Autowired dependency is null

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April 2019

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I have a spring-boot project that I have been able to run successfully on my older mac running Sierra. I recently bought a new mac with Mojave on it, and when I build the spring-boot project I get a NullpointerException when trying to use an @Autowired dependency.

I've made sure that I'm building the project using the gradle wrapper (version 4.8) and that the same version of java is installed on both machines (1.8.0_60). The spring boot version defined in the build.gradle file is 1.5.5.RELEASE.

I realize there is a circular dependency between classes Foo and MyService, but this has never been a problem. MyService should have Foo injected ''before'' Foo's init() method is called, but it doesn't seem to be the case when I build and run it on the new computer. My guess is that somehow a different version of spring is being used, where the rules for dependency injection are somehow different.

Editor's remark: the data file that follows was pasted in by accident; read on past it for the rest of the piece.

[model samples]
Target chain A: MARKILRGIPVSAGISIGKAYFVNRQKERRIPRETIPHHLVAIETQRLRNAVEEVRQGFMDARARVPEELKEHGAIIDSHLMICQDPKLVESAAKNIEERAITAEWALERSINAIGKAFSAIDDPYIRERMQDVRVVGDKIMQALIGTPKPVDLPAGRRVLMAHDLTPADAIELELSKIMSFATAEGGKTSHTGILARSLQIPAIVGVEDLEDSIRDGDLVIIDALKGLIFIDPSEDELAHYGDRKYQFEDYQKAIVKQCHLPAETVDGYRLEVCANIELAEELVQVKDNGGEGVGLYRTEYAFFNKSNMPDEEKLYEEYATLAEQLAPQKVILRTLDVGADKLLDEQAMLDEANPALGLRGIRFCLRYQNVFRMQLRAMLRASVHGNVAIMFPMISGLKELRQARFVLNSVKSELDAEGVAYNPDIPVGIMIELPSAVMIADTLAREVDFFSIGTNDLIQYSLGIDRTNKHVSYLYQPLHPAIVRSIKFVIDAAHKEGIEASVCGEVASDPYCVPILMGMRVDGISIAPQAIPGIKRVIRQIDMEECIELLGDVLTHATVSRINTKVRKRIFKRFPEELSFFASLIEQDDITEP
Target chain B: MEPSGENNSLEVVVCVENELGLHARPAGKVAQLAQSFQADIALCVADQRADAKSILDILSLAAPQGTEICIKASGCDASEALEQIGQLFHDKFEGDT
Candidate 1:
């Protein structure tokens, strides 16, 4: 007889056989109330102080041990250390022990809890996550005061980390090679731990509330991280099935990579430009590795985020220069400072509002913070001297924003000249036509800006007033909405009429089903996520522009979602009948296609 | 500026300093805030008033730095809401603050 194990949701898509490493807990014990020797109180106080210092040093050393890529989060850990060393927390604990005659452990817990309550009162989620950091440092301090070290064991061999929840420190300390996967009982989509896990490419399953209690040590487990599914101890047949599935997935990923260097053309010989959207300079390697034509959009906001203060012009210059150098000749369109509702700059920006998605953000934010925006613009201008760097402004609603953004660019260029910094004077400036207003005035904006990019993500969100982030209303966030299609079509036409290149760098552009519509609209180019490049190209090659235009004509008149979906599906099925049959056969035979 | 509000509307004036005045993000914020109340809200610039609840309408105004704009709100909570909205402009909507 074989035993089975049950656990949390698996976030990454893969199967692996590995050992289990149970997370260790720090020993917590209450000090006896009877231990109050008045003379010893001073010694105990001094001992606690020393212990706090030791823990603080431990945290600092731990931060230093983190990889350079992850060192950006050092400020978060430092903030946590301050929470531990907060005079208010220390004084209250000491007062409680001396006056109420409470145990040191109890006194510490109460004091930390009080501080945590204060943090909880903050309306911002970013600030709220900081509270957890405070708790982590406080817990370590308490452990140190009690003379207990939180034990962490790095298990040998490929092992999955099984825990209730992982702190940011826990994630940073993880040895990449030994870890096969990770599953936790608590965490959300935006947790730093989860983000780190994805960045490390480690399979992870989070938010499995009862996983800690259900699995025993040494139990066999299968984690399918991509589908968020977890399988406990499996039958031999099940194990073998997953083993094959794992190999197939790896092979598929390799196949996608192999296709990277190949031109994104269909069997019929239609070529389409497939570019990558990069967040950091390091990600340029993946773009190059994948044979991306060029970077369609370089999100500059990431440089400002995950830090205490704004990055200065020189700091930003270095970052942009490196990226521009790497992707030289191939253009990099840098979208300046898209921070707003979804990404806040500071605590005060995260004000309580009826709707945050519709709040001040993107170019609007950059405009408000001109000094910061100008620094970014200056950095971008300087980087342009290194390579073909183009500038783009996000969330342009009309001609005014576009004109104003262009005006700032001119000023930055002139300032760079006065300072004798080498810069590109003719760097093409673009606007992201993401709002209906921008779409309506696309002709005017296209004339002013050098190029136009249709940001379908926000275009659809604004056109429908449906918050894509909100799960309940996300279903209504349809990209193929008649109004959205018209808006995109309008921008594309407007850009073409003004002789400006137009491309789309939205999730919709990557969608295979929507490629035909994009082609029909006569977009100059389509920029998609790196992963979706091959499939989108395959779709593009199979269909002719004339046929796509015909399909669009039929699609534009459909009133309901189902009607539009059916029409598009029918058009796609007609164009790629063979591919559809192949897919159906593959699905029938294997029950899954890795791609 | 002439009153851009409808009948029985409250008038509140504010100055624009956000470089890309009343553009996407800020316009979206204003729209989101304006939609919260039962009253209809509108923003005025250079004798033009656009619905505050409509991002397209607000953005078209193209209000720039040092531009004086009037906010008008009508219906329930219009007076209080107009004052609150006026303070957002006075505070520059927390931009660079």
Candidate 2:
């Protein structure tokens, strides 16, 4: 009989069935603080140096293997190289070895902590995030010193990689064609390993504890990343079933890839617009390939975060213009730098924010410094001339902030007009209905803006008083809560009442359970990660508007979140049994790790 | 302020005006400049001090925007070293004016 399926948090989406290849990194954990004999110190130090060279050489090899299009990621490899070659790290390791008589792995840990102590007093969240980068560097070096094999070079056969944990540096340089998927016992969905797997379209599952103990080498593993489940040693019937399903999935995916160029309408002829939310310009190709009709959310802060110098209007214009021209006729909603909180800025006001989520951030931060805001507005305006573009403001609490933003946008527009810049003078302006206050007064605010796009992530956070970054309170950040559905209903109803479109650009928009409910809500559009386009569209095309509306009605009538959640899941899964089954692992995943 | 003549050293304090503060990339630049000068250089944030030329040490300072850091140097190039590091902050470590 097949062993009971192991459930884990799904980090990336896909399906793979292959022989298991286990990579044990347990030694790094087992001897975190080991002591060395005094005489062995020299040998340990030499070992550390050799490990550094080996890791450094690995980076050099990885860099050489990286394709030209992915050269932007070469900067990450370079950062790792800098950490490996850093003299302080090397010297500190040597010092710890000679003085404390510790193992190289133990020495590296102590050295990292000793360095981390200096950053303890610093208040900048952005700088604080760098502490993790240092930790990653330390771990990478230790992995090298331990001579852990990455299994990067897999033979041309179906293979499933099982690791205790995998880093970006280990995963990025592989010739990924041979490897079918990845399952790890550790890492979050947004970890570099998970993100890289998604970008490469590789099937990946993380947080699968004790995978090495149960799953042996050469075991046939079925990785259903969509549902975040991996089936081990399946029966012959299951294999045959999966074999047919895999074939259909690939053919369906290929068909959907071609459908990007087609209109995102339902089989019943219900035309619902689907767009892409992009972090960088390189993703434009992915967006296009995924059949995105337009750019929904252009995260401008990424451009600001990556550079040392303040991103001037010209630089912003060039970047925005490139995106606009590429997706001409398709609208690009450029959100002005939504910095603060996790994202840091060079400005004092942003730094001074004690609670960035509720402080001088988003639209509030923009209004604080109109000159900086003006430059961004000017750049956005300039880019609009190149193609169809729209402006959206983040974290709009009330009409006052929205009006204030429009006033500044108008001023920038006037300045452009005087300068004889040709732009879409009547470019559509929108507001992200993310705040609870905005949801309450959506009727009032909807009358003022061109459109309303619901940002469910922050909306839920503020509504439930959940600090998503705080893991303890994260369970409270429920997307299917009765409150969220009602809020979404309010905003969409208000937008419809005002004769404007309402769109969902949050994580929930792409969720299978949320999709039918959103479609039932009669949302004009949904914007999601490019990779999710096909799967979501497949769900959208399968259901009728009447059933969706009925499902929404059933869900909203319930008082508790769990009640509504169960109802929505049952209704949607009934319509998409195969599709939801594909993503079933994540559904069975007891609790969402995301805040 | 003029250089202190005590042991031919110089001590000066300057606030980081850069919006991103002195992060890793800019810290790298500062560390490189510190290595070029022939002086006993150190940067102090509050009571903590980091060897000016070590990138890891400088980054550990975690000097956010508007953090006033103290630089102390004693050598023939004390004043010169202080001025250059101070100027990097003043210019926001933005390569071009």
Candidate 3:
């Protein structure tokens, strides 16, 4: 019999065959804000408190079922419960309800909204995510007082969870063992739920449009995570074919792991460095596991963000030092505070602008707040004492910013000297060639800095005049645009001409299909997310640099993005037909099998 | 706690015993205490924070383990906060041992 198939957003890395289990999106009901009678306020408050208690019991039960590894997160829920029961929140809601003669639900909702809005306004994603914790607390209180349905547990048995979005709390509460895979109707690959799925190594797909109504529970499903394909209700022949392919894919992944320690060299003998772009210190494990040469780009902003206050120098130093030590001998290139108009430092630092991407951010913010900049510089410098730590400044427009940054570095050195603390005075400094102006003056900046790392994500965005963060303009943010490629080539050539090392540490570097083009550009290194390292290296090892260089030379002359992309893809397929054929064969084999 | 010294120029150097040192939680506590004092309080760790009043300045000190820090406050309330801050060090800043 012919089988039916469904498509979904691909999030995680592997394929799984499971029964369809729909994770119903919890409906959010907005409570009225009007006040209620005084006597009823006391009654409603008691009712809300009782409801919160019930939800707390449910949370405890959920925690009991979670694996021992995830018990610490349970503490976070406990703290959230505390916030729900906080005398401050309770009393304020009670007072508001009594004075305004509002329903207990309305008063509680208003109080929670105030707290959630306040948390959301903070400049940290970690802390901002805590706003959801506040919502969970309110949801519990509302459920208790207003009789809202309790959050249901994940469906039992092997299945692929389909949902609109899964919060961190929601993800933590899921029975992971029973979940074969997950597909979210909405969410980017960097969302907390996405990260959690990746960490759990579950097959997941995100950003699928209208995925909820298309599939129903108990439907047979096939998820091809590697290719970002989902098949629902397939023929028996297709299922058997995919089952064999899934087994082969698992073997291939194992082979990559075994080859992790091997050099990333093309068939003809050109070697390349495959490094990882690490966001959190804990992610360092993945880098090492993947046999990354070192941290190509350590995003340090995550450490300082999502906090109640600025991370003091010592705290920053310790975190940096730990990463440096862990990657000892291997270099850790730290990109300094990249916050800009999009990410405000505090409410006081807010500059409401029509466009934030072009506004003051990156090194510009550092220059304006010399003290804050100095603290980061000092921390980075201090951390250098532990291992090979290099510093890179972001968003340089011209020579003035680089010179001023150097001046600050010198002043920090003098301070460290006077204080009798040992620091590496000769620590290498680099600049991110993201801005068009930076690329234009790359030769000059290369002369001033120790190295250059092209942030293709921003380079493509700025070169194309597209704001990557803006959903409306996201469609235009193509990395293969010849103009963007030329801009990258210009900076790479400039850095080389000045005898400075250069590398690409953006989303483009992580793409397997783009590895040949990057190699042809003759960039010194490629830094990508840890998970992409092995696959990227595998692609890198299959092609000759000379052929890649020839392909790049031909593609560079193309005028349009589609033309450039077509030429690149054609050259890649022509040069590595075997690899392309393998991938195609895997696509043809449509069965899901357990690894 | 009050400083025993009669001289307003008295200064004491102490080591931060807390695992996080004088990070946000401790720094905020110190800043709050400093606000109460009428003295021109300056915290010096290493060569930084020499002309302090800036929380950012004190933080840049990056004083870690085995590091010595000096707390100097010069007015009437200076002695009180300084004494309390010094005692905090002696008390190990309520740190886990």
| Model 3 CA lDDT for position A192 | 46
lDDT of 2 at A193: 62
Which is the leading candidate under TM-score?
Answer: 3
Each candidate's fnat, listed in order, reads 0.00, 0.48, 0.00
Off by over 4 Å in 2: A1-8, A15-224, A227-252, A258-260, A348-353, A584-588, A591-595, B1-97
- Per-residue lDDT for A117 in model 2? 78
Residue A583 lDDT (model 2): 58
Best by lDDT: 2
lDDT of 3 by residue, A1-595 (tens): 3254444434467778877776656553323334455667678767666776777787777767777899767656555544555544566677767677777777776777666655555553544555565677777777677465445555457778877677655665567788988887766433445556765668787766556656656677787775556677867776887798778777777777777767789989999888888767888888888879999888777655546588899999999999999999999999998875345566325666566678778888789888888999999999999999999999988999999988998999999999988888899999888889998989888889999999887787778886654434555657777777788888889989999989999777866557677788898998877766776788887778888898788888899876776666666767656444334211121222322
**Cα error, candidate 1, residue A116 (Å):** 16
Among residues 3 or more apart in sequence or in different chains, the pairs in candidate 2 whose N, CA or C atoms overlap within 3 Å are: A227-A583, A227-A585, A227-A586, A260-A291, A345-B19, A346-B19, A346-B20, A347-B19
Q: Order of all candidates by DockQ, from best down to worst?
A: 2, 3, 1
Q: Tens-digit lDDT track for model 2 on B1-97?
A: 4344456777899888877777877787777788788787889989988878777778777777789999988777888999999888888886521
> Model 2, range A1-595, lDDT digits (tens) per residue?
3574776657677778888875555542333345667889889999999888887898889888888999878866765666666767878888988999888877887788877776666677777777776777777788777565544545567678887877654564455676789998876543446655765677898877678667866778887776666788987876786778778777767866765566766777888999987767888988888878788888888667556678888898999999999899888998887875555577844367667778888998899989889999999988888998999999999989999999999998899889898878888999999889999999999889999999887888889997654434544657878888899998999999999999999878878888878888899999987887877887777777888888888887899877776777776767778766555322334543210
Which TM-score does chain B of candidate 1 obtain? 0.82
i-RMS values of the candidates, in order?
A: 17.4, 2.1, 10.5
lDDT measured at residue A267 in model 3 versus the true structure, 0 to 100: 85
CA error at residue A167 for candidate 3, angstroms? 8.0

@Component
public class Foo {

   @Autowired
   private MyService service;

   @PostConstruct
   private void init() {
      service.doSomething();
   }

   public void bar() {}
}

@Component
public class MyService {

   @Autowired
   private Foo foo;

   public void doSomething() {
      foo.bar(); // <- NPE occurs here!
   }

}

1 answers

3

It is definitely a bad sign that you have a circular dependency. You should redesign. I was checking a blog post that covers this topic and it says the following about circular dependencies:

When you have a circular dependency, it’s likely you have a design problem 
and the responsibilities are not well separated. You should try to redesign 
the components properly so their hierarchy is well designed and there is no 
need for circular dependencies.

If you cannot redesign the components (there can be many possible reasons for 
that: legacy code, code that has already been tested and cannot be modified, 
not enough time or resources for a complete redesign…)...

If you still want to keep it the way it is, you can check section 4.4. @PostConstruct of how they are doing it and take inspiration from it :).

As to why it works on one machine and it doesn't on the other, is a mystery to me.